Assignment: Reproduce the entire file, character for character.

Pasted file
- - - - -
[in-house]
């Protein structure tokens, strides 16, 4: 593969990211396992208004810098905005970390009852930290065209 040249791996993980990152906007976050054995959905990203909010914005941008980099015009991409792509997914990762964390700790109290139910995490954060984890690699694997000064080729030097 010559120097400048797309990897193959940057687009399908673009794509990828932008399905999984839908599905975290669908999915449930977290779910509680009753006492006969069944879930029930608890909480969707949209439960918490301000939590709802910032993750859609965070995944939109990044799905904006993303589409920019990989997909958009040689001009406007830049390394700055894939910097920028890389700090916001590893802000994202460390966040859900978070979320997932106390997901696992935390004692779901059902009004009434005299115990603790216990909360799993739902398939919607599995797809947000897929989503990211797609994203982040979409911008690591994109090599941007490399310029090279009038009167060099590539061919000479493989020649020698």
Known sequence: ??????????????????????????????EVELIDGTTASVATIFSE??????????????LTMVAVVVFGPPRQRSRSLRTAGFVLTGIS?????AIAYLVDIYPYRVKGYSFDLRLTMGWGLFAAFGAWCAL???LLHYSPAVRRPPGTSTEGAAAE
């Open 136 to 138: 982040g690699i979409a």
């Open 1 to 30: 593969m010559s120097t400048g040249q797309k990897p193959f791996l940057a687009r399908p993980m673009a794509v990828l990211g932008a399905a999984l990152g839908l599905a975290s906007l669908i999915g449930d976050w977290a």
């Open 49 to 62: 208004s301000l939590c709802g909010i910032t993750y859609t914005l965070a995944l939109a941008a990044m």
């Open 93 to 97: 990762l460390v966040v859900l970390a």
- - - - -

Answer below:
[in-house]
């Protein structure tokens, strides 16, 4: 593969990211396992208004810098905005970390009852930290065209 040249791996993980990152906007976050054995959905990203909010914005941008980099015009991409792509997914990762964390700790109290139910995490954060984890690699694997000064080729030097 010559120097400048797309990897193959940057687009399908673009794509990828932008399905999984839908599905975290669908999915449930977290779910509680009753006492006969069944879930029930608890909480969707949209439960918490301000939590709802910032993750859609965070995944939109990044799905904006993303589409920019990989997909958009040689001009406007830049390394700055894939910097920028890389700090916001590893802000994202460390966040859900978070979320997932106390997901696992935390004692779901059902009004009434005299115990603790216990909360799993739902398939919607599995797809947000897929989503990211797609994203982040979409911008690591994109090599941007490399310029090279009038009167060099590539061919000479493989020649020698």
Known sequence: ??????????????????????????????EVELIDGTTASVATIFSE??????????????LTMVAVVVFGPPRQRSRSLRTAGFVLTGIS?????AIAYLVDIYPYRVKGYSFDLRLTMGWGLFAAFGAWCAL???LLHYSPAVRRPPGTSTEGAAAE
């Open 136 to 138: 982040g690699i979409a």
């Open 1 to 30: 593969m010559s120097t400048g040249q797309k990897p193959f791996l940057a687009r399908p993980m673009a794509v990828l990211g932008a399905a999984l990152g839908l599905a975290s906007l669908i999915g449930d976050w977290a």
């Open 49 to 62: 208004s301000l939590c709802g909010i910032t993750y859609t914005l965070a995944l939109a941008a990044m």
């Open 93 to 97: 990762l460390v966040v859900l970390a």